Julian Castro drops out of Democratic presidential race
Former Housing and Urban Development Secretary Julian Castro dropped out of the presidential race after lagging in fundraising and opinion polls.
"It's with profound gratitude to all our supporters that I suspend my campaign for president today," Castro said Thursday in a tweet.
As the sole Latino candidate and former mayor of San Antonio, Castro focused a large part of his campaign on immigration reform and criticizing President Donald Trump's handling of the border crisis.
Castro's departure means the Democratic field loses another minority candidate. With the departure of California Senator Kamala Harris, and New Jersey Senator Cory Booker failing to qualify for December's debate, some have begun to express concern that the party's primary field does not represent the diversity of Democratic voters.
"We've stood up for the most vulnerable Americans -- folks who are left out, cast aside, marginalized. We've fought for not only the middle class, but also the poor and those who are struggling the most," Castro said in a statement issued by his campaign.
Castro said Oct. 21 that he needed to raise $800,000 by the end of the month or he would drop out. Booker made a similar fundraising appeal exactly a month prior but asked for more than double the amount Castro sought.
Throughout the race, Castro consistently polled at or below 1% and only made national headlines when he sparred with competitors on the debate stage.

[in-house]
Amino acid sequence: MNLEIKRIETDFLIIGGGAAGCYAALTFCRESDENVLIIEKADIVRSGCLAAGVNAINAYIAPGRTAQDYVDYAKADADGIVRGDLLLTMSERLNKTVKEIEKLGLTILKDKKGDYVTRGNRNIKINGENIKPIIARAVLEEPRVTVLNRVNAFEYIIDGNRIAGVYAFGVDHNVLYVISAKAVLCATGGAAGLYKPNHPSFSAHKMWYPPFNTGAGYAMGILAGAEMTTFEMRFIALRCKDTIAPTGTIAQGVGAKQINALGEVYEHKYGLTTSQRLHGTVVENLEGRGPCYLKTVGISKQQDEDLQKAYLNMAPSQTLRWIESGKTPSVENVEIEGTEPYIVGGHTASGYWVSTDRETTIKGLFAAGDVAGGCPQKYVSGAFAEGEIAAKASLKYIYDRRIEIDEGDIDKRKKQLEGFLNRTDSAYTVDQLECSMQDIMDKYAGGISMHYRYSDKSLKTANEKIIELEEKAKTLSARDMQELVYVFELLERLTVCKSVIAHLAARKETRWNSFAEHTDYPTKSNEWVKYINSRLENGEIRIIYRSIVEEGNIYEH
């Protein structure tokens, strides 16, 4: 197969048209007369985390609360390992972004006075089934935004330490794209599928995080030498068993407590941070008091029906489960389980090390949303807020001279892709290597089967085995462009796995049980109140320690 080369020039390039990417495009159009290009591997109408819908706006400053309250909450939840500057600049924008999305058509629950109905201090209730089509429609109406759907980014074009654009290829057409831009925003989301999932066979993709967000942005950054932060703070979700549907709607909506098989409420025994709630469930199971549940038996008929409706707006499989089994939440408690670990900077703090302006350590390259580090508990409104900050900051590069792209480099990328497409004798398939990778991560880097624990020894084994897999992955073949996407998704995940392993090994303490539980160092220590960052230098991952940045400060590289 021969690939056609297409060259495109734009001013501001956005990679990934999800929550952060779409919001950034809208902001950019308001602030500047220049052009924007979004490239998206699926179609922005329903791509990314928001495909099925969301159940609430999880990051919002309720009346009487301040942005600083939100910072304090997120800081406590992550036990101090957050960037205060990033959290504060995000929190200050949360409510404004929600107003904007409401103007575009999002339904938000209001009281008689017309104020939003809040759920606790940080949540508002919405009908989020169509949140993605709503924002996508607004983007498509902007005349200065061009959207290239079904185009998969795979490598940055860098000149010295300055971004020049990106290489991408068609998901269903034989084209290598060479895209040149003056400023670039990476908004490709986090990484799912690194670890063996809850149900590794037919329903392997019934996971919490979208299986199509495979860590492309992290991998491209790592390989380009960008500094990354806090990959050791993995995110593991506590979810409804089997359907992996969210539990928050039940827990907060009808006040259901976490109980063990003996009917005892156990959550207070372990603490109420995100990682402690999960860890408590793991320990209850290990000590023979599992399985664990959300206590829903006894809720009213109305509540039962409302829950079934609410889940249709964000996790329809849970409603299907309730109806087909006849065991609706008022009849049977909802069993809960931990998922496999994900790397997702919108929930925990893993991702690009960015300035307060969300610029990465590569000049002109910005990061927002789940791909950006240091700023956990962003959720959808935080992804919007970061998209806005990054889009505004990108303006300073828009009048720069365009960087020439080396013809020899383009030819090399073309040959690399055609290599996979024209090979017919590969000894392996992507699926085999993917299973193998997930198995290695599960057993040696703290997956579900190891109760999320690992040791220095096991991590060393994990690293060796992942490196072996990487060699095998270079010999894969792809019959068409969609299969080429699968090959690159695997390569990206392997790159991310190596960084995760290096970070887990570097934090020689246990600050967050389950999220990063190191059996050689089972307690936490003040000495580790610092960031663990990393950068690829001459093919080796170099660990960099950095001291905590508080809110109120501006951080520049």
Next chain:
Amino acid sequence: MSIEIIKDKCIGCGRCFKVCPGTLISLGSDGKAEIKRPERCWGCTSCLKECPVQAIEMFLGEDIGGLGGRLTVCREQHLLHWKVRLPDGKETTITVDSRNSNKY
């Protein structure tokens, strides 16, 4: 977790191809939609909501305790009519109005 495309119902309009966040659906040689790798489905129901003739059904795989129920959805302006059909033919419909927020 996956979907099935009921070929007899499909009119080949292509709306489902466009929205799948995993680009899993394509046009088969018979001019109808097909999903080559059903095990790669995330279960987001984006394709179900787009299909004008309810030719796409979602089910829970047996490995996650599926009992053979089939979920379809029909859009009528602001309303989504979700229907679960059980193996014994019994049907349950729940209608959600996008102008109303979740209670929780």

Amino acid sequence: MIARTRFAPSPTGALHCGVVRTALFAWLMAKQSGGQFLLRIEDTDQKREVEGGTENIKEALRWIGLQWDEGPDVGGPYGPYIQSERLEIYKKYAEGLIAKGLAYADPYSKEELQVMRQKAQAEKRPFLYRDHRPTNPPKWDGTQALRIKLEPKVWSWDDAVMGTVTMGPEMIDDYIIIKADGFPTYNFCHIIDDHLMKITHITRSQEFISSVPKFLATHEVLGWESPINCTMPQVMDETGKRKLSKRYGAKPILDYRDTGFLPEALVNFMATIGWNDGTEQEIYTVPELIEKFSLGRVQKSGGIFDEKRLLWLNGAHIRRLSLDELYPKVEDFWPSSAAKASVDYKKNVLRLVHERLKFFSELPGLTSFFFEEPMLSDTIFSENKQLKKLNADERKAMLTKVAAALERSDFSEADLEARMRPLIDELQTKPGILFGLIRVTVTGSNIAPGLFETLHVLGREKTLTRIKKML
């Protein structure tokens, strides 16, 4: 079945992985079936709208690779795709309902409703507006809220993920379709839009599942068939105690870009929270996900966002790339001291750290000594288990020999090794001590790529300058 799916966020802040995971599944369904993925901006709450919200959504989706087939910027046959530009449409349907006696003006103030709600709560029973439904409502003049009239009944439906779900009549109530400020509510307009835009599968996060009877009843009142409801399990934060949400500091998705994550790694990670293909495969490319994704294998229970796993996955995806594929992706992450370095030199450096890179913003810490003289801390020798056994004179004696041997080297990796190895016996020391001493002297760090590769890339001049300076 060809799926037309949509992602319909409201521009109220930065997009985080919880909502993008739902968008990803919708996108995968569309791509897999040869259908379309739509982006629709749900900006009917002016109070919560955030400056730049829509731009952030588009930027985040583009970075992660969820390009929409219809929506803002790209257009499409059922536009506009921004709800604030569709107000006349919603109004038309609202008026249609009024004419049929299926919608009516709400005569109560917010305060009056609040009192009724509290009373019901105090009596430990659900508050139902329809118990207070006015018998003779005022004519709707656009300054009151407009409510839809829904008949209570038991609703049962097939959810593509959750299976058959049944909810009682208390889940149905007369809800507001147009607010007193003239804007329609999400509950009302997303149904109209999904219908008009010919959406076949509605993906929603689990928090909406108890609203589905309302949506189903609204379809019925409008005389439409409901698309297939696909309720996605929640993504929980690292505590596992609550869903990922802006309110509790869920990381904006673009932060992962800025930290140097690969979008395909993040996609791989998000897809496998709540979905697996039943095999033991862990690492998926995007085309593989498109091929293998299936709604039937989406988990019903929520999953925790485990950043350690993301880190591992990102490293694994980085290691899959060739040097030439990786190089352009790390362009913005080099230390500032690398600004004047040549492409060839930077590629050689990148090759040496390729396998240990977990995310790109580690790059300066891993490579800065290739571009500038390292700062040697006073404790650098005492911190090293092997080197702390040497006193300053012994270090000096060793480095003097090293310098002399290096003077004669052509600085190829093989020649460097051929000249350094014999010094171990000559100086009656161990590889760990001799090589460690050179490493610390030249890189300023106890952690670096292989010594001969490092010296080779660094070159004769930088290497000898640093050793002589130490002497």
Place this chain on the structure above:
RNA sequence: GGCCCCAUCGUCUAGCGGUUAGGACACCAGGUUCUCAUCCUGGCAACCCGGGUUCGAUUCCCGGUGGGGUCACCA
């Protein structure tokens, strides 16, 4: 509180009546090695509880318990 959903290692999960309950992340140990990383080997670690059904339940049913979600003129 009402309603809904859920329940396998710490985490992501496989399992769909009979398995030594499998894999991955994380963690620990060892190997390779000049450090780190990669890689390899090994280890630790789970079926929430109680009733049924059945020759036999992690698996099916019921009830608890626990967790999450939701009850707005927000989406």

At the third debate in Houston, Castro, 45, questioned former Vice President Joe Biden's short-term memory. Castro repeated, "Are you forgetting what you said two minutes ago?" to the 77-year-old Biden over what he said was Biden contradicting himself on his health care plan.
"I'm filling the legacy of Barack Obama and you're not," said Castro, who served as Obama's HUD secretary.
"That will be a surprise to him," Biden replied.
Castro's experience at HUD gave him a platform of ideas to improve public housing. He also called for universal pre-kindergarten nationally, a policy he implemented as mayor.
Castro supported progressive policies like Medicare for All, raising the minimum wage to $15 an hour and an increase in taxes for the wealthy -- all of which were already being championed by rivals Elizabeth Warren, a Massachusetts senator, and Bernie Sanders, a senator from Vermont.
Castro raised $1.3 million in the first quarter and $2.8 million in the second quarter.
(Michael Bloomberg is also seeking the Democratic presidential nomination. He is the founder and majority owner of Bloomberg LP, the parent company of Bloomberg News.)